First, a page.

Use Otter to Level Up Your PowerShell For Free
by Crista Perlton, on Jul 14, 2021 5:49:21 AM
Are you getting absolutely everything you can out of your PowerShell scripts? If you’re not using Otter, a tool that helps you provision your servers and manage configuration, probably not. If you're not already familiar with Otter, check out our 5-minute Getting Started with Otter video.
Your scripts are resources that you and your colleagues toil over, nurture, and rely on. If you’re only using them through the PowerShell you are not getting everything you can out of them.
Here are 2 ways you can instantly level up your PowerShell usage with Otter for free.
Create GUIs for your Scripts
Instead of spending ages trying to make an application out of a script, Otter can run scripts with auto-generated UIs.
Otter can automatically generate a UI around your scripts. It does this in two ways:
Otter lets you add comments and descriptions, which as I’ve stated before, is the key to creating perfect PowerShell scripts.
Using job templates enable self-service, removes time-consuming blockers, and empowers junior members to be productive/involved. The next time a team member needs to run a job, even if they don’t have permission to run scripts, they can use the template, which will restrict inputs AND will prompt a reminder when you’ve forgotten to fill out required fields.
Run Parameterized PowerShell Scripts
Running PowerShell scripts is easy if you're a PowerShell guru. But what if you need non-experts to run your scripts? Using Otter to add a graphical user interface (GUI) to PowerShell makes your PowerShell scripts more accessible to more people on your team.
Otter automatically generates a UI around your PowerShell scripts, enables those who are less comfortable or familiar with PowerShell run scripts without expert intervention. Here's how:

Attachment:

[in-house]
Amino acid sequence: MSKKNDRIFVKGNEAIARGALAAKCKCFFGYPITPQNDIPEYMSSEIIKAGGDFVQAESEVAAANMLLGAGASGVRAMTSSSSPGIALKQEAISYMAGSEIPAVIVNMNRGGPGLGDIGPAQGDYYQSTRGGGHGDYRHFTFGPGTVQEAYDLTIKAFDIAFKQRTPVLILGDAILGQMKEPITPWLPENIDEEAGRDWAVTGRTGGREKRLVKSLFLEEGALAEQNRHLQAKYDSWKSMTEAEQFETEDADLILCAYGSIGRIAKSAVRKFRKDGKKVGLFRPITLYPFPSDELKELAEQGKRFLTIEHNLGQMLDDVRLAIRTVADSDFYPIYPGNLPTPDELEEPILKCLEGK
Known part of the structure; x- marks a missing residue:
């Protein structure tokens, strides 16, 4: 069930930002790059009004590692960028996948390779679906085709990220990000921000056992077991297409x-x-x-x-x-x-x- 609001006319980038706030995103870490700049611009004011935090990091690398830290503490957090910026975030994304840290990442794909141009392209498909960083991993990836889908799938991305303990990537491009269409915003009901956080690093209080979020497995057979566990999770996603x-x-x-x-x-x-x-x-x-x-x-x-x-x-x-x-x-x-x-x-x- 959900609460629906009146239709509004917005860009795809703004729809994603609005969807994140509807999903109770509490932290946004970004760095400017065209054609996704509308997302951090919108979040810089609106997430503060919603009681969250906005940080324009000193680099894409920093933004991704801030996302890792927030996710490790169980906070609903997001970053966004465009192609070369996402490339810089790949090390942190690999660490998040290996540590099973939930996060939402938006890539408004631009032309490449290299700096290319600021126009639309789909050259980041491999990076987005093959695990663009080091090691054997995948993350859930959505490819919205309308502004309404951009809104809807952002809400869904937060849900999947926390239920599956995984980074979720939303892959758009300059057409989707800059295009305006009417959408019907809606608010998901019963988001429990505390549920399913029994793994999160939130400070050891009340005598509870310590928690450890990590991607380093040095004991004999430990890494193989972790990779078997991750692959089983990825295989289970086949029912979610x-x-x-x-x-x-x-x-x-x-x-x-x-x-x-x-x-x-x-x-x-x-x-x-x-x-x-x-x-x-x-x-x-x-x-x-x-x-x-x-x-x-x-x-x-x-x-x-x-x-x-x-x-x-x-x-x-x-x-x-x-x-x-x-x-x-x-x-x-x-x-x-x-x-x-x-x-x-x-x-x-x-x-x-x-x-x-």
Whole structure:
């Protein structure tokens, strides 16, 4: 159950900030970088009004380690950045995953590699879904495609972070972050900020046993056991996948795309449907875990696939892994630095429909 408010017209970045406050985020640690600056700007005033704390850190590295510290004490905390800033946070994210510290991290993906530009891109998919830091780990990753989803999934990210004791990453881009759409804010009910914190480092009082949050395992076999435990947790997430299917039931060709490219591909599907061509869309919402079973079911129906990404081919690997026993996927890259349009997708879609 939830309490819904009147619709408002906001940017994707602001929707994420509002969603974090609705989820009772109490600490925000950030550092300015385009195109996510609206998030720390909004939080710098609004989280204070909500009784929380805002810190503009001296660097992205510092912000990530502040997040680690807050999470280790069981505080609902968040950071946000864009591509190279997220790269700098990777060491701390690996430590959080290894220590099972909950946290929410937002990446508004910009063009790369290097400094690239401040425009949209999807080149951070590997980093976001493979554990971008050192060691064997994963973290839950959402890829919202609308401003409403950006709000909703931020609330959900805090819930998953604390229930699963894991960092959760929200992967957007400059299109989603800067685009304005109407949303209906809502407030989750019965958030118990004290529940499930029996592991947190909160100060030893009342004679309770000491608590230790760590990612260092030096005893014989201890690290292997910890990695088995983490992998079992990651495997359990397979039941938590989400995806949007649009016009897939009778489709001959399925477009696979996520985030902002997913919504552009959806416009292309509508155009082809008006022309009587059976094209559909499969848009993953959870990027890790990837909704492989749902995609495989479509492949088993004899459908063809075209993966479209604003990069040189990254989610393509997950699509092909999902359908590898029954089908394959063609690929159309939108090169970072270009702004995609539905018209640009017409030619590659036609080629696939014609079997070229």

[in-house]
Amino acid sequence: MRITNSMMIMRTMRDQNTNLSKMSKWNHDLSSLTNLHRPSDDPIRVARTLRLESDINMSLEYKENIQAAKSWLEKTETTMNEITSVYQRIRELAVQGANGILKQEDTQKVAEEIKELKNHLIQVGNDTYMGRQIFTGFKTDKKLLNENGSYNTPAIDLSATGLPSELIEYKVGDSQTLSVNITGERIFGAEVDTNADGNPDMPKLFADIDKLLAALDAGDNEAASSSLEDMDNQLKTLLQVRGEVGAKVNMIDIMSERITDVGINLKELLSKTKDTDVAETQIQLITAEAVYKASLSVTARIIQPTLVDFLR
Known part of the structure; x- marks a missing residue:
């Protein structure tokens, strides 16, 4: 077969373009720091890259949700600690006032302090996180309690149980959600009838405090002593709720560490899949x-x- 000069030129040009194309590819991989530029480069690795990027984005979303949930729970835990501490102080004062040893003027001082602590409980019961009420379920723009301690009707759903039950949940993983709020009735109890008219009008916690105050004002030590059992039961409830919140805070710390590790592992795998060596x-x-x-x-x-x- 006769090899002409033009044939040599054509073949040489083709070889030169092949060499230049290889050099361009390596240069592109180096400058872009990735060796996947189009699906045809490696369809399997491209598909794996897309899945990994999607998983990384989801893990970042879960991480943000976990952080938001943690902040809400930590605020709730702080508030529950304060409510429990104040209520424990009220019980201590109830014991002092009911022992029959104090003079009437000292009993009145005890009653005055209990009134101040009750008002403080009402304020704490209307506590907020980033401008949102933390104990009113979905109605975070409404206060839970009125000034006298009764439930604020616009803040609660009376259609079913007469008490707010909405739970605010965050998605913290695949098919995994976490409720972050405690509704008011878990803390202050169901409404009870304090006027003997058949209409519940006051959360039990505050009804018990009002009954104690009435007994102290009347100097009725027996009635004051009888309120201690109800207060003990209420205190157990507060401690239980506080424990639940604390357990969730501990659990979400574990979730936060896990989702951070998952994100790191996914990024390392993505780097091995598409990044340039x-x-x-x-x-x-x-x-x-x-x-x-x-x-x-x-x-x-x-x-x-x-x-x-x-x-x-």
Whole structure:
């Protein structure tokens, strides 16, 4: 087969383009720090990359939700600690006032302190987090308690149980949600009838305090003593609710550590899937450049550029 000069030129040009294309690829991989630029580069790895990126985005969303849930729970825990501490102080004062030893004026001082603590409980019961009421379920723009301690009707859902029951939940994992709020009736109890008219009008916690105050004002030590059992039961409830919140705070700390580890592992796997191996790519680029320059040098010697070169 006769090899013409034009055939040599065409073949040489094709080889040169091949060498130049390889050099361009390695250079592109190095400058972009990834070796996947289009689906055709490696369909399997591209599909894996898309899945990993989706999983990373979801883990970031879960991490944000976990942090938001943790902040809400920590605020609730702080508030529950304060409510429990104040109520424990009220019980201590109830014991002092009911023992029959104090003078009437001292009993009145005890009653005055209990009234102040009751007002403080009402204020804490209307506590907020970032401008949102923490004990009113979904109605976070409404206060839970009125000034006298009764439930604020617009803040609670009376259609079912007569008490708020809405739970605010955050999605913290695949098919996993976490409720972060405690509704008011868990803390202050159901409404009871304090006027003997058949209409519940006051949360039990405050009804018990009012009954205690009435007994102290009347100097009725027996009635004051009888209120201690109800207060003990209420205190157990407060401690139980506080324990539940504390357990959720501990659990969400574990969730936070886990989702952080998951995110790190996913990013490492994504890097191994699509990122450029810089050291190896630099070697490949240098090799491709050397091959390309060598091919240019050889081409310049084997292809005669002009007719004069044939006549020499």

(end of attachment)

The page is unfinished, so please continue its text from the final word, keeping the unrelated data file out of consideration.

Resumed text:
After installing Otter, add your scripts and create a Job Template. Job Templates enable self-service with safety by defining usage restrictions. For example, you can restrict which servers a script may run on. Job templates also let you define variable prompts.
After creating the Job Template, you can use Otter to generate an input prompt (e.g., checkboxes, a text box, select-from list). This organizes the parameters for your PowerShell scripts into an accessible GUI executed as a job. And if you have Comment-based Help in your scripts, Otter will auto-generate these for your script. Check out this documentation page for more on the types of specific variables prompts Otter can create.
Otter doesn't just let your non-expert PowerShell users run scripts; it also allows those in charge to sleep more soundly at night by targeting only specific servers for a particular job or job template. Otter offers three types of server targeting:
|Direct||Best used for set-ups with just one or two servers, "Direct" specifies servers by name, and the script is then run against each server. This method can use variable names.|
|Indirect||Although it requires some planning ahead, "Indirect" specifies a combination of roles and/or environments that will be used to specify the servers the script is run against. This method can use variable names.|
|Custom||This method is the most flexible but also the most complex. "Custom" lets you perform complex orchestration that can run different commands or scripts on different servers. These servers can be targeted sequentially, in parallel, and with branching and iterating (looping) logic.|
Finally, to make sure scripts only ever run on the right servers, you'll want to define your targeting to meet your specific requirements. To do this:
- Click "edit" on your job template.
- Choose "add" under "template variables (prompts)."
- Create your variable using the parameters you desire.
- Confirm that "Custom server targeting" is listed next to "server targeting"
- Commit changes.
Then, of course, test. If you've done everything right, when you (or anyone with access) goes to create a job from that template, the targeting menu should look as you defined it. For example, I configured "TargetServer" to be a list-type variable with list values of testsv1, testsv2, and testsv3. I then tested the template and saw I did everything right:
Level Up with Otter
Otter is designed to help you take your PowerShell usage to the next level. It removes bottlenecks on your team, safeguards your system, and enables self-service in your IT organization without extra costs.
Your IT organization (and you) spend a considerable amount of time creating your PowerShell modules and caring for them. If you’re not using Otter, you’re not stretching them as far as they can go.
Otter has a free forever version available to download here that offers everything your team needs to take your PowerShell experience to the next level.